Comment: Increasing oil production will not solve our problems. Adopting a carbon tax is essential for our future | Opinion columns

On Earth Day, President Joe Biden promised that the United States would cut its greenhouse gas emissions in half by 2030, compared to 2005 levels.

It was a welcome statement, even if it was only a first step towards what is needed to prevent the worst consequences of climate change.

As this year’s Earth Day approaches, Biden’s Build Back Better bill — which could have gone at least in part toward achieving that goal — is stalled in Congress.

Worse still, the war in Ukraine and inflation in the United States have made reducing emissions politically less palatable today. The knee-jerk reaction of political leaders to produce more oil and gas to drive down energy prices may have been predictable, but it will only compound the problem of ever-rising emissions.

The expansion of drilling and fracking does nothing to meet near-term energy needs; on the contrary, it further locks the economy into a long-term dependence on fossil fuels.

A much better approach to preventing autocrats such as Russian President Vladimir Putin from waging fossil fuel-funded wars – while strengthening that country’s national security and bolstering its energy independence – would be to accelerate the transition to a clean household.

The science couldn’t be clearer. Last month, the United Nations’ Intergovernmental Panel on Climate Change, or IPCC, issued the latest in a series of dire warnings about the climate crisis.

The report described the steadily worsening effects of climate change – including wildfires, drought, extreme weather, floods and rising sea levels – and called for immediate action.

“Any further delay…will miss a brief and rapidly closing window of opportunity to secure a livable and sustainable world for all,” the report said.

Economists and climate experts, including members of the IPPC, agree that the fastest and most effective way to reduce global warming emissions is to levy a tax on fuels fossils.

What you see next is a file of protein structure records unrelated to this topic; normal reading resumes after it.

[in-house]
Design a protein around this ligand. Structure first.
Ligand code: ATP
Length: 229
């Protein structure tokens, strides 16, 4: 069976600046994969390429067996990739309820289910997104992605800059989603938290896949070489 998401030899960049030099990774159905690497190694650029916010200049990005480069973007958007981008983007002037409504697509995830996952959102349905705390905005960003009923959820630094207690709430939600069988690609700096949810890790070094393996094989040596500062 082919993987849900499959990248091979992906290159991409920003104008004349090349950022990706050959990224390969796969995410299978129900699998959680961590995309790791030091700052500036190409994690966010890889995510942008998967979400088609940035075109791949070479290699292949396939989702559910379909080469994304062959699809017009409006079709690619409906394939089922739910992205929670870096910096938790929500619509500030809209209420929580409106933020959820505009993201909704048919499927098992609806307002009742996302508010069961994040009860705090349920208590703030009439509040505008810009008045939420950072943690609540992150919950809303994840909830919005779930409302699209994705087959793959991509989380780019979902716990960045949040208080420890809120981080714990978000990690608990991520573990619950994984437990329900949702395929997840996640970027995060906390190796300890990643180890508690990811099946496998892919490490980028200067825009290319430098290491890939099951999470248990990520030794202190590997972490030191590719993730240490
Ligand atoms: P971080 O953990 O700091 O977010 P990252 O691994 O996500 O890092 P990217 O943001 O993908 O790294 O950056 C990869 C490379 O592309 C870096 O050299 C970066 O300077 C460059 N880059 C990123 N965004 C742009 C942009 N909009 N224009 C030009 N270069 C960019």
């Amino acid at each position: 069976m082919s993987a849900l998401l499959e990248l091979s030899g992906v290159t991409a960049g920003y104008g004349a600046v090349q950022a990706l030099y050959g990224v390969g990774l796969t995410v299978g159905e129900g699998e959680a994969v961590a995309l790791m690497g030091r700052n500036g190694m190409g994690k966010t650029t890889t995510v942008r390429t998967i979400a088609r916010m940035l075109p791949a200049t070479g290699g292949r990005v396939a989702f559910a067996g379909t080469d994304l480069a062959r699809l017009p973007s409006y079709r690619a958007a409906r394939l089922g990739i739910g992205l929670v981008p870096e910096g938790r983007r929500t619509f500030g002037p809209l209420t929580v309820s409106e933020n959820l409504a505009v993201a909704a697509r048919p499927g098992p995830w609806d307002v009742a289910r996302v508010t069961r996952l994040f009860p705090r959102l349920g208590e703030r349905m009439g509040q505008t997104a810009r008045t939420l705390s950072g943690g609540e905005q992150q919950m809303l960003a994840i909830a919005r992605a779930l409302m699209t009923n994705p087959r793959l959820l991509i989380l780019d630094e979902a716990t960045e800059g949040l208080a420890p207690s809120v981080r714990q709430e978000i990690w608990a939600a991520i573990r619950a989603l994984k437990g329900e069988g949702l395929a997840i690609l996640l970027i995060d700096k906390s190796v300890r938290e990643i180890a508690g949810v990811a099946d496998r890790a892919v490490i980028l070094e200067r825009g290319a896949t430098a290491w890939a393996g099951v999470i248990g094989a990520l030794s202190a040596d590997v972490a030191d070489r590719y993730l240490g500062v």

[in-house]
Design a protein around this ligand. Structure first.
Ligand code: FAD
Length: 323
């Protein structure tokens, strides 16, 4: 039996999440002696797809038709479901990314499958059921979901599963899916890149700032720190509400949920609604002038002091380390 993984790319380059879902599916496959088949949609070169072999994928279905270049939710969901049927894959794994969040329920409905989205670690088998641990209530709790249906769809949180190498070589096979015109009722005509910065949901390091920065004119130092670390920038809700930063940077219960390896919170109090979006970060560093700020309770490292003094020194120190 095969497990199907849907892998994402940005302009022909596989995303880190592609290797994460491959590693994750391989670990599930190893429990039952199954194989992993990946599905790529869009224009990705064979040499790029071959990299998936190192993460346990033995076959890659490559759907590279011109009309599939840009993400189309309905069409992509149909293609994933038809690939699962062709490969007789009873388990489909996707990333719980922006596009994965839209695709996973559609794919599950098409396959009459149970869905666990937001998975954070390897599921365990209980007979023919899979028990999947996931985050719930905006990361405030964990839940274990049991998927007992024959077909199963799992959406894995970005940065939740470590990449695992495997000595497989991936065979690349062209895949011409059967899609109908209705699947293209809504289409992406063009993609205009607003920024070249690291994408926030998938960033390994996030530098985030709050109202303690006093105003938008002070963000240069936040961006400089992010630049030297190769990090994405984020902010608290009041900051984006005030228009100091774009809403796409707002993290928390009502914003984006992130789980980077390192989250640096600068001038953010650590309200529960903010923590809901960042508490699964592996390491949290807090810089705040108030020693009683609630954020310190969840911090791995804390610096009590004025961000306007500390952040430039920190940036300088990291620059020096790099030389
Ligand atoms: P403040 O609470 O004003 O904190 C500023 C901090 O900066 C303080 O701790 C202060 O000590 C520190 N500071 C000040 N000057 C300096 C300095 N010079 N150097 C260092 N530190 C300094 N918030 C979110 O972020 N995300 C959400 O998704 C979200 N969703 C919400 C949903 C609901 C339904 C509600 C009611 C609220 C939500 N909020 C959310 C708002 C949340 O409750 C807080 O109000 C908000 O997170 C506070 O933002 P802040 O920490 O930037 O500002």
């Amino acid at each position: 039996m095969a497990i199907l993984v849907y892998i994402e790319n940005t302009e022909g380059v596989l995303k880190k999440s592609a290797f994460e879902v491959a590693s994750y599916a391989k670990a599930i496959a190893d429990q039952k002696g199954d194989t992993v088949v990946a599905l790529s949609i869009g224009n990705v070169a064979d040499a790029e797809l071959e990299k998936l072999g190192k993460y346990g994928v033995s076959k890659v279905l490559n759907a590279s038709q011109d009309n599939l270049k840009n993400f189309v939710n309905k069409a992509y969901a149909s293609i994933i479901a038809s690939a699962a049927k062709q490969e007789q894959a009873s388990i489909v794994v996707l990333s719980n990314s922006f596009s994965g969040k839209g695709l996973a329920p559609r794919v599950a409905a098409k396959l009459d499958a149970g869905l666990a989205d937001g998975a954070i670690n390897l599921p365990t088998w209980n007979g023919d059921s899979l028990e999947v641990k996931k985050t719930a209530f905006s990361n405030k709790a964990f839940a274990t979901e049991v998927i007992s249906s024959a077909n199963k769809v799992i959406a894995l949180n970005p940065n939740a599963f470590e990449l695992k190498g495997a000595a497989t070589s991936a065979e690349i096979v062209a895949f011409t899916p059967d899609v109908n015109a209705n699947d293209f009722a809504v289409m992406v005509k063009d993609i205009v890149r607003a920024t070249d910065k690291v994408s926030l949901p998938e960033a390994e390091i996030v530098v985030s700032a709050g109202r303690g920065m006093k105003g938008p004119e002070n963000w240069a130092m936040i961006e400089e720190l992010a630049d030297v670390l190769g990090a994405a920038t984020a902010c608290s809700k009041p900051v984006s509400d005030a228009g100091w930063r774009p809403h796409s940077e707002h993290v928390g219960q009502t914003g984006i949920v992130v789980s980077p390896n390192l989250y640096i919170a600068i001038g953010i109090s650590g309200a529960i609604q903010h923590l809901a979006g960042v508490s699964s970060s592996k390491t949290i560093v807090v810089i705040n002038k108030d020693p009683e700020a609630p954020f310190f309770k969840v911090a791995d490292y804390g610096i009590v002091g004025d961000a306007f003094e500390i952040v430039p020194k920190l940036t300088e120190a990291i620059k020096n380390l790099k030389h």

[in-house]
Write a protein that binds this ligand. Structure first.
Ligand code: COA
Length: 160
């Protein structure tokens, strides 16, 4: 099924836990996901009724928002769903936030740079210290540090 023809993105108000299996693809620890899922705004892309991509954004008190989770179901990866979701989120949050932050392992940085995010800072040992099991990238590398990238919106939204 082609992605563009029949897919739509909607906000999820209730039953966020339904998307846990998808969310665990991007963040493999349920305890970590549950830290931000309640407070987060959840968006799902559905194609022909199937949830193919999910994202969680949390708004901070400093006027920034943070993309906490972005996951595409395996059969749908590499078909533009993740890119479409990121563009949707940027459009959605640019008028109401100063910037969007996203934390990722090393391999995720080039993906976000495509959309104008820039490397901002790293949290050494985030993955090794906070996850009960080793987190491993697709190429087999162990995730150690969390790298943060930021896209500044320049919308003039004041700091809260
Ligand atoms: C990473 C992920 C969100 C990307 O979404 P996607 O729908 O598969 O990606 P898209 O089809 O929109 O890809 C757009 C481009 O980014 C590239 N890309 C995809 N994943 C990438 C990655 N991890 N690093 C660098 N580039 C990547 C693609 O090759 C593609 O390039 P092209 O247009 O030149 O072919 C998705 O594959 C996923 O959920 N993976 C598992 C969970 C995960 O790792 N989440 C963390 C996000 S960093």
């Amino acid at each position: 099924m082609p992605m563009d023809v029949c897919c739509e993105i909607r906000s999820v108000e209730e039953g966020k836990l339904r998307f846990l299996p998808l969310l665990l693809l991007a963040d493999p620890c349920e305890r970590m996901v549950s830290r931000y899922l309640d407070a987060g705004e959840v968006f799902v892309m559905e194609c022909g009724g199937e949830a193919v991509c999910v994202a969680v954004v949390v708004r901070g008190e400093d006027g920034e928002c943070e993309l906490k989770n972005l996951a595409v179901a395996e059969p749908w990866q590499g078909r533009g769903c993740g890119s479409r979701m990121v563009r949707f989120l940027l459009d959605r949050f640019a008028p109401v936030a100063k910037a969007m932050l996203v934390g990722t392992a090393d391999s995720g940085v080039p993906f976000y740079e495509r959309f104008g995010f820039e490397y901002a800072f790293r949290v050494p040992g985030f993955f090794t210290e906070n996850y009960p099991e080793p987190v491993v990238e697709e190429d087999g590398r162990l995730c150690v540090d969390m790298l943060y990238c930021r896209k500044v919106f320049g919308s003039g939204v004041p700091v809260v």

In the words of climatologist James Hansen, “as long as fossil fuels are the cheapest energy, we will continue to burn them”. Paul Krugman and other economists have made the same point.

Fossil fuels don’t have to be the cheapest source of energy; wind and solar are already becoming cheaper in many places. But US government policy toward big oil, including various forms of subsidies, has continued to make it difficult for renewables to compete.

Pricing fossil fuels to reflect their true cost to the planet and its people would mean removing subsidies and levying some sort of tax on coal, oil and natural gas.

A policy known as the carbon royalty and dividend, described by Hansen in his 2009 book “The Storms of My Grandchildren,” would impose a small but steadily increasing royalty on fossil fuels based on the amount of carbon released when these fuels are burned. (Charges could start as low as $15 per metric ton of carbon dioxide, which equates to about 14 cents per gallon of gasoline.)

To ensure that the burden does not fall disproportionately on low-income households, tax revenue would be refunded equally to all Americans in the form of a monthly check or direct deposit.

Studies have shown that the bottom two-thirds of the income distribution would get more in “carbon cashback” or dividends than they would pay in increased costs.

Another feature of the policy is a carbon border adjustment to protect US manufacturers from imports from countries without a comparable carbon tax – and to encourage other countries to follow suit.

Canada and the European Union are already considering such tariffs on imports into their jurisdictions, including from the United States.

Bills calling for such a policy have been proposed in several sessions of Congress. Unfortunately, the political will to get them across the finish line has not materialized.

Congress now has a small window of opportunity to pass a price on carbon emissions through the budget reconciliation process. Although the House version of the Build Back Better bill does not contain a carbon price, the Senate could include one in its version.

Failing that, it will be up to Biden to do what he can through executive orders.

May God help us and all our grandchildren if we waste this opportunity.

Judy Peres volunteers with the Citizens’ Climate Lobby, a nonprofit, nonpartisan organization that advocates for carbon pricing legislation in the United States and around the world.

About Dwayne Wakefield

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